We must all hope that the French cheer up


The French are fuming.

The Aukus deal between Australia, the USA and the UK to provide Australia with nuclear-powered submarines resulted in the cancellation of a previously agreed $56bn French deal to supply Australia with conventionally powered submarines. That’s a lot of money and jobs to lose. Fuming seems appropriate.

The French see this as a betrayal. They claim they should have been consulted. The Australians have suggested that the French should have known that the deal was in trouble with budget overshoots, delays, and so on. So what’s new for public contracts? Surely this new contract will not work like a Swiss precision watch either.

There has been much commentary about the merits of the deal itself. I have no idea about the strategic and military importance of having nuclear-powered submarines as opposed to the type the French were due to provide. And the French have their own nuclear-powered submarines and therefore they, too, might have been able to provide what was needed. 

All of which suggests that the issue was not the technology or who can provide it. Rather it is something somewhat more obvious: if the objective is to provide some kind of counterweight to China, that can only credibly be done in collaboration with the US superpower.

For all its interests in the Indo-Pacific, France is not a credible counterweight to Chinese naval might. Neither would the UK alone have been. Nor a combined UK/French deal. Including the US is strategically essential and, in the world of realpolitik, sacrificing the French may have been seen as unfortunate collateral damage. 

What of a US/French collaboration? That too may have been problematic. Some have suggested that it would have been nigh on impossible to persuade the US Congress to share nuclear technology with France. The UK and the US have longstanding collaborations in the field.

Which brings us to two other questions.

Could the damage to the relationship with France been mitigated by bringing it into the discussions? I would be astounded if everyone involved had simply forgotten to think about the French and their likely reaction. The decision to exclude them until the time of the announcement must have been a calculated one. And one can empathise with why.

It seems unlikely that France would just have rolled over, given up its contract and walked away wishing the three partners a long and happy life together. Surely the French would have done their damnedest to remain in the game and preserve their contract – even if altered.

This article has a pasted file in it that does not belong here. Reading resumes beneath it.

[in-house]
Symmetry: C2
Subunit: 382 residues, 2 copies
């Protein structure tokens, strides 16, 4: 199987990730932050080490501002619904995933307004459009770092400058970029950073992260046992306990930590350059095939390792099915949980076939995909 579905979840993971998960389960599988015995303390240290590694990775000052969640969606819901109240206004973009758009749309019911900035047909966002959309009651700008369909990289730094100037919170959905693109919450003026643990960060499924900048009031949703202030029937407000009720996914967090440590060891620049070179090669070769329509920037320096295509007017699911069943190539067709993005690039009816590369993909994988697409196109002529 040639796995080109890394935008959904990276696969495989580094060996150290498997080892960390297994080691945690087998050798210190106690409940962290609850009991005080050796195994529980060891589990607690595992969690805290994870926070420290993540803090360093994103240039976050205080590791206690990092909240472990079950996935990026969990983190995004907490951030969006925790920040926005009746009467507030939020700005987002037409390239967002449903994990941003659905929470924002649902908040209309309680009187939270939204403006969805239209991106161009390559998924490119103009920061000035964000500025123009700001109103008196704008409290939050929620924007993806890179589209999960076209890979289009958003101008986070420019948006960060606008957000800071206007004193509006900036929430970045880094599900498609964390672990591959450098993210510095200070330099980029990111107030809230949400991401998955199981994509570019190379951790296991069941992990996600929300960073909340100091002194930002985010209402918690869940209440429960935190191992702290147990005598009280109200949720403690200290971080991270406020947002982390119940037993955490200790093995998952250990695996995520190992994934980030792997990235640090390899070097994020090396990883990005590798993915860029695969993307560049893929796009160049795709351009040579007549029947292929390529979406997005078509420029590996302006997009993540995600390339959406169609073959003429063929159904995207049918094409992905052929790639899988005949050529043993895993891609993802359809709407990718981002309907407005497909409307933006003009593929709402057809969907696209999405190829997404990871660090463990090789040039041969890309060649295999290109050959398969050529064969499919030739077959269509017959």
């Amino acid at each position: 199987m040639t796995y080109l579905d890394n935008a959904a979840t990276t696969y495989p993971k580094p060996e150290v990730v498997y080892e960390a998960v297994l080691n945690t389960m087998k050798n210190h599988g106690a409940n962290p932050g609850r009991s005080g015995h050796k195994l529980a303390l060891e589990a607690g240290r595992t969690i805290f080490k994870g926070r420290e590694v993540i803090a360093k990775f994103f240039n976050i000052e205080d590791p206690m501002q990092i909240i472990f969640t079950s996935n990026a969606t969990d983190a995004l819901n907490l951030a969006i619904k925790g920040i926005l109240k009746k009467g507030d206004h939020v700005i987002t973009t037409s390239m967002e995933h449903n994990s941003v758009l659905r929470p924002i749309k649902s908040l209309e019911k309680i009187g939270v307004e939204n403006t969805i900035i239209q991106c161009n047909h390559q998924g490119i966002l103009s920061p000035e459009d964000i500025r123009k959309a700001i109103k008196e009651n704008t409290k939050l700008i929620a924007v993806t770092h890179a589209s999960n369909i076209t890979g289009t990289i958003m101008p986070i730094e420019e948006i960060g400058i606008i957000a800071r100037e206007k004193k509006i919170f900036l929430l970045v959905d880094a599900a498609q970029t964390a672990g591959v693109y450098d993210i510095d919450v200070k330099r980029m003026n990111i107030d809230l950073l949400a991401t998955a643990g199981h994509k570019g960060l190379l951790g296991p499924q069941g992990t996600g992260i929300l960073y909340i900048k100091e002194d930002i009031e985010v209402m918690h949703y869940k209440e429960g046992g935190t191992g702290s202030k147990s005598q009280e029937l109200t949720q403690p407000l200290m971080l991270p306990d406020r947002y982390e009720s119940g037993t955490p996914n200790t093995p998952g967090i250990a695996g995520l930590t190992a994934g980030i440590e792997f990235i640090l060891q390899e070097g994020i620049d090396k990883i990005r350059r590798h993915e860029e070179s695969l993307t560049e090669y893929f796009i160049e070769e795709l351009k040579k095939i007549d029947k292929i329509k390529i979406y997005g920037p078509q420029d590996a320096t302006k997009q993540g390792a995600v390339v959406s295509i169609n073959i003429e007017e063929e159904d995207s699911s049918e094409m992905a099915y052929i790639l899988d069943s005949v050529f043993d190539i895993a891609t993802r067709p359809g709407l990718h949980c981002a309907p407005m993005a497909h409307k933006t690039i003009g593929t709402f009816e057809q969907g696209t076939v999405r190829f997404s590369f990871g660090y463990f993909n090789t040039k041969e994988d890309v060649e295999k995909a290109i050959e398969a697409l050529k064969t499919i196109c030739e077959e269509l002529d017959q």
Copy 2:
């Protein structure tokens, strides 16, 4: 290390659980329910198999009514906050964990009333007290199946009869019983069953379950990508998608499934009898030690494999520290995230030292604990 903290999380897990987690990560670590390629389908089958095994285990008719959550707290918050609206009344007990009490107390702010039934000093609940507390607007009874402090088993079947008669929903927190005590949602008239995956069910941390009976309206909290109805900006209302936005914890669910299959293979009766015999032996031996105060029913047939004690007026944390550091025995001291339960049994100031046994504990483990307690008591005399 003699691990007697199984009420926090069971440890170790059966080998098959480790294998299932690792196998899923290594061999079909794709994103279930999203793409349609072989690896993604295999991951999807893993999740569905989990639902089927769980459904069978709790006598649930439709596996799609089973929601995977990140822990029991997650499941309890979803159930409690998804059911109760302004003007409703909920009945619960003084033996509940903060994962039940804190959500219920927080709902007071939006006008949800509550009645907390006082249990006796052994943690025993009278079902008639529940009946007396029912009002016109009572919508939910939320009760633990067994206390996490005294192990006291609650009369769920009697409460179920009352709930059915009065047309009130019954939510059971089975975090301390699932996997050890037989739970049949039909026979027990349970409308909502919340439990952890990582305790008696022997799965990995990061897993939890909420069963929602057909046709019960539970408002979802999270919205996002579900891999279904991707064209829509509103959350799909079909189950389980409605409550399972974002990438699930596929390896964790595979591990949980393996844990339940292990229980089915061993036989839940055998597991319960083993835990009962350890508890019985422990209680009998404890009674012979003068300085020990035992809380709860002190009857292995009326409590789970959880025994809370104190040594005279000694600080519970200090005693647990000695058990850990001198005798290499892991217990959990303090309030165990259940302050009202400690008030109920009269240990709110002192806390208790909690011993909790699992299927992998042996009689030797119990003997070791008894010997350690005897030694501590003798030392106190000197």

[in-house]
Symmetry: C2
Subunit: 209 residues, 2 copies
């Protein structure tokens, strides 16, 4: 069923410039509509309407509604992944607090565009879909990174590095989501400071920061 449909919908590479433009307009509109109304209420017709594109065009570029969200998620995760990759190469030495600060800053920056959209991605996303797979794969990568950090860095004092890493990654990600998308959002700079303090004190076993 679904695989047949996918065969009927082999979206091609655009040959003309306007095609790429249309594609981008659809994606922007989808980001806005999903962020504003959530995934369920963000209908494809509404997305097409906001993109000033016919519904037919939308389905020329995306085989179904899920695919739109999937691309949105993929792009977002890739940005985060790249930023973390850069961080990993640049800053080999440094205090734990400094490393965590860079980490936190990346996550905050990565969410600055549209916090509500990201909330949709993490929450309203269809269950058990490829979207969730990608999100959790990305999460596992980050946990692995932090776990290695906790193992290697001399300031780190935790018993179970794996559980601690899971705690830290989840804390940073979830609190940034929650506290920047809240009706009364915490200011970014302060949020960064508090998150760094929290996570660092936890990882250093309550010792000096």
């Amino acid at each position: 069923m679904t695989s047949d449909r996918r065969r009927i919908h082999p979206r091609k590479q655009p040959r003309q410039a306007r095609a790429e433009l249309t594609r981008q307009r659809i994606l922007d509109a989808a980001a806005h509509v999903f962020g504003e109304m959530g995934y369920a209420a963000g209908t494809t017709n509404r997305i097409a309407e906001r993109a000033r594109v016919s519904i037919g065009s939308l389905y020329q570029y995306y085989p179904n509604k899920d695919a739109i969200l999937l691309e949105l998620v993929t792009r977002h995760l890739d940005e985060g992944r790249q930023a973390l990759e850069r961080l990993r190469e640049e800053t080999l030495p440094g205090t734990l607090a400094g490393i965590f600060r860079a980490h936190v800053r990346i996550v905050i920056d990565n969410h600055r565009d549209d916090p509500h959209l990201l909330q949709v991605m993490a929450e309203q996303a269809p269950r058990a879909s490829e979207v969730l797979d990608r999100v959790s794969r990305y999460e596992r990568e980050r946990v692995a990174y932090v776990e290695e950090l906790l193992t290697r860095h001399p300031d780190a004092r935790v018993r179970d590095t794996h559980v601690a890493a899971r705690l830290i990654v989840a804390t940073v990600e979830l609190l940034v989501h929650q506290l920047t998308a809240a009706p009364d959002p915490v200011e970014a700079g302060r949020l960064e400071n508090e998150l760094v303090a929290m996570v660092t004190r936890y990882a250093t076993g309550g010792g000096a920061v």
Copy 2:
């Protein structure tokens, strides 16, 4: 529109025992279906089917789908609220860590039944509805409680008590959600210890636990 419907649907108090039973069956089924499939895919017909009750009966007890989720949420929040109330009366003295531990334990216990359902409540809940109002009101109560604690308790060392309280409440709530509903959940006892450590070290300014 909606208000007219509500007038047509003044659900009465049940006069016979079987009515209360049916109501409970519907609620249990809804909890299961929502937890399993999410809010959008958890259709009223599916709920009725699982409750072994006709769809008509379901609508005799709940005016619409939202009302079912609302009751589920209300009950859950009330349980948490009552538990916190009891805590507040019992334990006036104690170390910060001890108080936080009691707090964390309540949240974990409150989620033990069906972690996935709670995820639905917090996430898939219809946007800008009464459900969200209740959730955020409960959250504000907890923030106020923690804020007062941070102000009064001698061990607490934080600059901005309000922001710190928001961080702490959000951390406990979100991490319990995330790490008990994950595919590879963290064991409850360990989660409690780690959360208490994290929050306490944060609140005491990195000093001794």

They would have defended their national interest which would have doubtless complicated and prolonged the negotiations. In that context, risking French anger may have been considered the lesser of two evils.

French anger may now seek to find its outlet elsewhere. They may continue to obstruct UK-EU post-Brexit relations – no change there. It seems unlikely, and it would be counter-productive to their own interests, to try to dismantle the Lancaster House treaties for military co-operation. But who knows?

We are inevitably hearing reinvigorated talk of the need for European strategic autonomy, less dependence on the USA, a standing European army, and all the rest. But what is true for Australia is true for Europe. Europe currently cannot take full, autonomous responsibility for its own defence and security. And it is not going to be in a position to do so in the foreseeable future.

Like Australia, if it wants to act as counterweight to the Chinese – and, for Europe, also the Russians – it needs America. Without the USA, and if it doubles down on internally-focused thinking and also excludes Britain, Europe is, militarily, a minnow in shark infested geopolitical waters. Chest-thumping is no substitute for hard power.

This state of affairs further infuriates the French who have always railed against US supremacy and against seeing themselves as dependent on the US and therefore somewhat subject to its direction. De Gaulle was adamant that he would not be subservient to America – a feeling now ingrained in the French psyche.

In 1966, he withdrew French forces from NATO and gave a speech in Cambodia condemning US action in Vietnam. More recently, Jacques Chirac was one of the most vocal opponents of the Iraq war – maybe rightly as it turns out. President Macron only recently declared NATO as ‘brain-dead’ even as he now invokes America’s NATO obligations in his anger.

It is hard to escape the conclusion that all these episodes as well as many other actions and political rhetoric over the decades have not established France as reliable partner in US diplomatic circles.

As always, the Aukus deal has been an imperfect process. On one level, it is a useful statement on intent in the Indo-Pacific. Maybe the start of a broader alliance that brings in others to show solidarity and deter Chinese expansionism. On the other hand, the rift with France is unfortunate. It may have been unavoidable but that does not make it desirable in a world where Western collaboration is increasingly essential.

We can only hope that the acrimony will pass. After all, this is not a humiliation on the scale of Suez. And that passed also. 

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Radix is the radical centre think tank. We welcome all contributions which promote system change, challenge established notions and re-imagine our societies. The views expressed here are those of the individual contributor and not necessarily shared by Radix.

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